Waiting On God Sometimes Means Entering A Dry Season
Sometimes we’ve got to walk through the desert so that we learn to walk in step with God, like the Israelites. They didn’t move until God moved, wherever the pillar of cloud or fire stopped is where they stopped, and when it went on they went on. Waiting with God and when He led they moved.
When we’re in the moment it’s hard to recognize the lesson, all we see is trillions of grains of sand and the endless sun beating down and we feel the hunger pains begin to grow- but the place we’ve been promised seems so far away and we start to wonder, will anything good come out of this season? Can anything good come out of my failing marriage, my prodigal child, my mistakes? Can anything good come from the pain and discomfort I’m feeling? Can anything good come out of my disappointment?
We grow frustrated with our speed, we want to get where we’re going, and we want to get there now- but we don’t realize that the reason we’re walking through the desert is that He knows we’re not ready for what’s on the other side. We’re not strong enough yet to face to face those battles- there are some lessons we need to learn back here so that we don’t falter up there. There are some things He needs to deal with in us before we can move on, so we need to be waiting with God.
Sometimes Waiting With God Is Where We Have To Do Battle With Who We Were
Maybe the reason we are still wandering in the desert waiting with God is that He’s trying to break that self-reliant streak that raises its head when we don’t like the pace or the terrain we’re traveling through. We need to learn back here what will only make sense up there. We have to rely on Him so that the battle comes, and all we see is the enemy so that when we are in the midst of the storm we remember that He will make a way where there is no way. He will see us through. We may fail, our arms may grow weary our feet may stumble- but He never will and when we can’t fight the battle when the winds and the waves are too strong for us He fights for us.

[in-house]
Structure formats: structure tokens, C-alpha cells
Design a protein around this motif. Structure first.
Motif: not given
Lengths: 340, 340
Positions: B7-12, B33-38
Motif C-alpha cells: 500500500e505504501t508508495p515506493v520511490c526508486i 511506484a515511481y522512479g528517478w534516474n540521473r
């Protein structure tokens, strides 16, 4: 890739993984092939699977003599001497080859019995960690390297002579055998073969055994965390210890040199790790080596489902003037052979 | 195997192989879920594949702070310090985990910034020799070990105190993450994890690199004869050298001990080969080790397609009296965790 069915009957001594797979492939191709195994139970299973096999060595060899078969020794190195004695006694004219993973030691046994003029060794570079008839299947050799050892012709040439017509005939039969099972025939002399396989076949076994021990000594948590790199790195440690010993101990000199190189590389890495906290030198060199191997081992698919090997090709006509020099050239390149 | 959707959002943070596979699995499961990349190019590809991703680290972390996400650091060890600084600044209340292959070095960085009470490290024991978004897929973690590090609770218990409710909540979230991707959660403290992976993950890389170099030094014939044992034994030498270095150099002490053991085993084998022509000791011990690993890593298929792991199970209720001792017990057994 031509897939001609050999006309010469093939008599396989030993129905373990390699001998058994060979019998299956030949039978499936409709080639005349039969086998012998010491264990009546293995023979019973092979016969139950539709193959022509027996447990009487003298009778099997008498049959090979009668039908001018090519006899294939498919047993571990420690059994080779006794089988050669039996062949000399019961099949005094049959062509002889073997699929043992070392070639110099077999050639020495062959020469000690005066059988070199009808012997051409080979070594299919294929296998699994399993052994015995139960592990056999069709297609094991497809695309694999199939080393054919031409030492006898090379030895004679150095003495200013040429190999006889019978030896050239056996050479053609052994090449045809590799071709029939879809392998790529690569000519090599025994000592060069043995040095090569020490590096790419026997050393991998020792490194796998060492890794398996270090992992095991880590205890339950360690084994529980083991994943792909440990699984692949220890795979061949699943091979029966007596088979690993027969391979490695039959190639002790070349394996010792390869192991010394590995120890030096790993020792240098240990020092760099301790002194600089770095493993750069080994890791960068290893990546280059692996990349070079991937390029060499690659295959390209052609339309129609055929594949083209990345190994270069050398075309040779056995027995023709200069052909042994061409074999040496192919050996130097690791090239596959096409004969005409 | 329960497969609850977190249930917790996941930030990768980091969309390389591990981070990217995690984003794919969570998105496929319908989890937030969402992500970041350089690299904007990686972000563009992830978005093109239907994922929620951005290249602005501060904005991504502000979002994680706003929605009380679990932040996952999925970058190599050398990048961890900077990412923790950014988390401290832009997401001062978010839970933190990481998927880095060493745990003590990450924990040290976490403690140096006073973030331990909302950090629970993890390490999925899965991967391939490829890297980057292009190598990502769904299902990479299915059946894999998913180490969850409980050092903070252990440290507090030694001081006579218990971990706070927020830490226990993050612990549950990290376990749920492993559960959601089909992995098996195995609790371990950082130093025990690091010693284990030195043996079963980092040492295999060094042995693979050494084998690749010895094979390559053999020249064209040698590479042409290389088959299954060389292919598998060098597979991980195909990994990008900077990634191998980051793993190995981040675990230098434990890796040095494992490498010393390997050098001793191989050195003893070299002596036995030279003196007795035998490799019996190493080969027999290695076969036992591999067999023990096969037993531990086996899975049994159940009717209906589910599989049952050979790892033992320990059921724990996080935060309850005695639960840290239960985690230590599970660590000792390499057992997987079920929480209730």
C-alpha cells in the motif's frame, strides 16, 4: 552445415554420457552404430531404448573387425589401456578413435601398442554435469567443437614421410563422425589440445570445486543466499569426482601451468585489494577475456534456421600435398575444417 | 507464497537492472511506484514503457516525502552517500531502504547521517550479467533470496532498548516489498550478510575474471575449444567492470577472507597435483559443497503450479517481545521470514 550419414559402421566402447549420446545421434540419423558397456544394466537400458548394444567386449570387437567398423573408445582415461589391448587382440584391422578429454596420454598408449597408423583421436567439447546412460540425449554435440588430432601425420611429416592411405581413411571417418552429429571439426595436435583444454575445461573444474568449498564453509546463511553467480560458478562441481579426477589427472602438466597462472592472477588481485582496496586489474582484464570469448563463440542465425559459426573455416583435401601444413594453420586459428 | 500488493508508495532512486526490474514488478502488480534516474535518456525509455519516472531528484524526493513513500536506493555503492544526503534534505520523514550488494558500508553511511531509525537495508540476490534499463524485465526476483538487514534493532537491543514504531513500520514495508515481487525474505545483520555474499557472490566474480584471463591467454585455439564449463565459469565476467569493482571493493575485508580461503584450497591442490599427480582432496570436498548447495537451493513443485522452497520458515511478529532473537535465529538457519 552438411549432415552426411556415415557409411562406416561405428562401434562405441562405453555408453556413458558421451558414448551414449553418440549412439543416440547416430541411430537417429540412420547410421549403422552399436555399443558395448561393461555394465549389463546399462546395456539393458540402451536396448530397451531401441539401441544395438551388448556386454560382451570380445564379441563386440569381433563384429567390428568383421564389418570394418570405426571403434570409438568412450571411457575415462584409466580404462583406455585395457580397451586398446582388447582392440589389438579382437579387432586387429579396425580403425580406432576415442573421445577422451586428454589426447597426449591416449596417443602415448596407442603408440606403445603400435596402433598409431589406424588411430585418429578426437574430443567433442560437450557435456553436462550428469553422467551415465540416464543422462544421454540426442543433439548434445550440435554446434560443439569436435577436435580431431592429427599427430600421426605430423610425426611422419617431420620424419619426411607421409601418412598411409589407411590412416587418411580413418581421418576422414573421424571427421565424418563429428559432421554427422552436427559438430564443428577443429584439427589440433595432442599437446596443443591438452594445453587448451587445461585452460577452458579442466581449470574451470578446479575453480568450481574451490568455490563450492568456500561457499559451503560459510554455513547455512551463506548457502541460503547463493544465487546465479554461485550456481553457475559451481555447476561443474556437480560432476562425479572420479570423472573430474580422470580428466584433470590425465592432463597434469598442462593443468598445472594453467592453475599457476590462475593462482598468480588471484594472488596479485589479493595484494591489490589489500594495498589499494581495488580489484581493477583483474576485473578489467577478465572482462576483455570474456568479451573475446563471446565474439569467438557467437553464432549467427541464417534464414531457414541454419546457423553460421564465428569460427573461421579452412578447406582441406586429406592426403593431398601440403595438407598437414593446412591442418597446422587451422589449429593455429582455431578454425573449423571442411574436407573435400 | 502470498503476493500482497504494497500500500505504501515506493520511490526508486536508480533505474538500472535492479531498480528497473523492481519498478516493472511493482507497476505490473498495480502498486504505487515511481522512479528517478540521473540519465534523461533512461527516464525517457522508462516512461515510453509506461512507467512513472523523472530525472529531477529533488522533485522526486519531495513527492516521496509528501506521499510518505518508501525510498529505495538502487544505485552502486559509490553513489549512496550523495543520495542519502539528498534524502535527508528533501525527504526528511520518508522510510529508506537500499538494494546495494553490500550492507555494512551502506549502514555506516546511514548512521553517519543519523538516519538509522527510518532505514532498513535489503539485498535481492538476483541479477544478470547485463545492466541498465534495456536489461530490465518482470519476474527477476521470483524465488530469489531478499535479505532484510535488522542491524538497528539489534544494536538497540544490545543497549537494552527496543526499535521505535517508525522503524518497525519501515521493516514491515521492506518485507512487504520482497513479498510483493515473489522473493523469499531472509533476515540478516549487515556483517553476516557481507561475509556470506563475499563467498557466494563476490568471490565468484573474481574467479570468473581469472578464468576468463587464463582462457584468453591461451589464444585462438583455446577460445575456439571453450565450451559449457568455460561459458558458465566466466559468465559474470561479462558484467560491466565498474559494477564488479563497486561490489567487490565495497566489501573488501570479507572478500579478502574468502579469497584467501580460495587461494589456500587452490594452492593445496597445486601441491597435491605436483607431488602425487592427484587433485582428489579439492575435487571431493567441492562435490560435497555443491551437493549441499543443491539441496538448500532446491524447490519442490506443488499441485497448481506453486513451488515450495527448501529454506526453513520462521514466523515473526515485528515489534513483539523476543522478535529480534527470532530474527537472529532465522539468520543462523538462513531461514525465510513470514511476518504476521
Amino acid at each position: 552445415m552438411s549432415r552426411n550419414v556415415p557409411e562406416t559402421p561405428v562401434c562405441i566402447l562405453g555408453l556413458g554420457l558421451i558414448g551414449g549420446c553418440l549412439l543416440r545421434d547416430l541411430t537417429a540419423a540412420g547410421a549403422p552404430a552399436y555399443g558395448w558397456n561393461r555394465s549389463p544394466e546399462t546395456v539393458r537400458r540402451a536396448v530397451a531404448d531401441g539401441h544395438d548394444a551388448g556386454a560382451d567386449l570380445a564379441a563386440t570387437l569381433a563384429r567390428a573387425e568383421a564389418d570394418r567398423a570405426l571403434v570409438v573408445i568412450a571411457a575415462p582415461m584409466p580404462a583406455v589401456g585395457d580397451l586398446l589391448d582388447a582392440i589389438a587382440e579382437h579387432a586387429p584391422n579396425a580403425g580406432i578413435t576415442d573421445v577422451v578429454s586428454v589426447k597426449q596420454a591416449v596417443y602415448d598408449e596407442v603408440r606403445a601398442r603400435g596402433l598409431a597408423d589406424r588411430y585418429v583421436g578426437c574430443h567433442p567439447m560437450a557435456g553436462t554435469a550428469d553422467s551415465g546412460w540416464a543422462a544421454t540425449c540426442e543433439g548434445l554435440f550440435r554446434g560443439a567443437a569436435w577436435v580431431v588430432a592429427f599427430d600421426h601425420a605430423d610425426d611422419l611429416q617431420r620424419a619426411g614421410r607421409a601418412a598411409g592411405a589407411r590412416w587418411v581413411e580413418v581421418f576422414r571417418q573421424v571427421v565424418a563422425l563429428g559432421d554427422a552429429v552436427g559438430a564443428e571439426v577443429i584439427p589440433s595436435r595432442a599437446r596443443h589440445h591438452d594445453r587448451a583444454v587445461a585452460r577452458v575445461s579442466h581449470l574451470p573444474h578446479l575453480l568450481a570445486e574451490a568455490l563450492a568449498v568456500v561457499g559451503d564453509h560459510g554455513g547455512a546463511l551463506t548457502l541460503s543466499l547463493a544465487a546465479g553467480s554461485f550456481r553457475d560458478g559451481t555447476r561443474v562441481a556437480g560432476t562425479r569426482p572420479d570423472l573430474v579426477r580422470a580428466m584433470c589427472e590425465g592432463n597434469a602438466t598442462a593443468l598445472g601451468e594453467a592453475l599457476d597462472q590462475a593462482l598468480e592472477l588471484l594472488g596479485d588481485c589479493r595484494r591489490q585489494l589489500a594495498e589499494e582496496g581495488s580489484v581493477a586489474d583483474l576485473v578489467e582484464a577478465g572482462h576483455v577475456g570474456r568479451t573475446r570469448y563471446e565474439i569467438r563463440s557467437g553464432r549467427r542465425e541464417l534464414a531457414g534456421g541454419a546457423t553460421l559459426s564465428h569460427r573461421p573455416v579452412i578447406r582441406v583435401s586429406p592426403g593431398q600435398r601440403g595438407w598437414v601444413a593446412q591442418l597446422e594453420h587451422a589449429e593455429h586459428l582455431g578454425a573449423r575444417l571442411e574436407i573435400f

But the lesson starts in the dry season, compounded by mile after mile of waiting. When I was a kid I was a horrible traveler, five minutes into the drive I was like “Are we there yet? How about now?” and my parents had to remind me to sit back and trust that they knew where they were going. God knows where we are going, this may feel like it is new to us, but this ancient history to Him. The way to our destination is rarely easy but it is our training ground, it’s in this holding pattern of waiting and following and maybe not understanding that we grow, that we learn some things that we’re going to need when He brings us to the place He has promised. The journey is preparing you for what He has already prepared for you.
Waiting On The Lord Scripture
Let’s look at some Bible verses on waiting with God to get a look at what the Bible has to say:
Wait for the Lord; be strong, and let your heart take courage; wait for the Lord! Psalm 27:14
But they who wait for the Lord shall renew their strength; they shall mount up with wings like eagles; they shall run and not be weary; they shall walk and not faint. Isaiah 40:31
For still the vision awaits its appointed time; it hastens to the end—it will not lie. If it seems slow, wait for it; it will surely come; it will not delay. Habakkuk 2:3
Be still before the Lord and wait patiently for him; fret not yourself over the one who prospers in his way, over the man who carries out evil devices! Psalm 37:7
I wait for the Lord, my soul waits, and in his word I hope; my soul waits for the Lord more than watchmen for the morning, more than watchmen for the morning. Psalm 130:5-6
But as for me, I will look to the Lord; I will wait for the God of my salvation; my God will hear me. Micah 7:7
Therefore the Lord waits to be gracious to you, and therefore he exalts himself to show mercy to you. For the Lord is a God of justice; blessed are all those who wait for him. Isaiah 30:18
“And now, O Lord, for what do I wait? My hope is in you. Psalm 39:7
For God alone, O my soul, wait in silence, for my hope is from him. Psalm 33:20
O Lord, be gracious to us; we wait for you. Be our arm every morning, our salvation in the time of trouble. Isaiah 33:2
I wait for the Lord, my soul waits, and in his word I hope; Psalm 130:5
Lead me in your truth and teach me, for you are the God of my salvation; for you I wait all the day long. Psalm 25:5
Be patient, therefore, brothers, until the coming of the Lord. See how the farmer waits for the precious fruit of the earth, being patient about it, until it receives the early and the late rains. James 5:7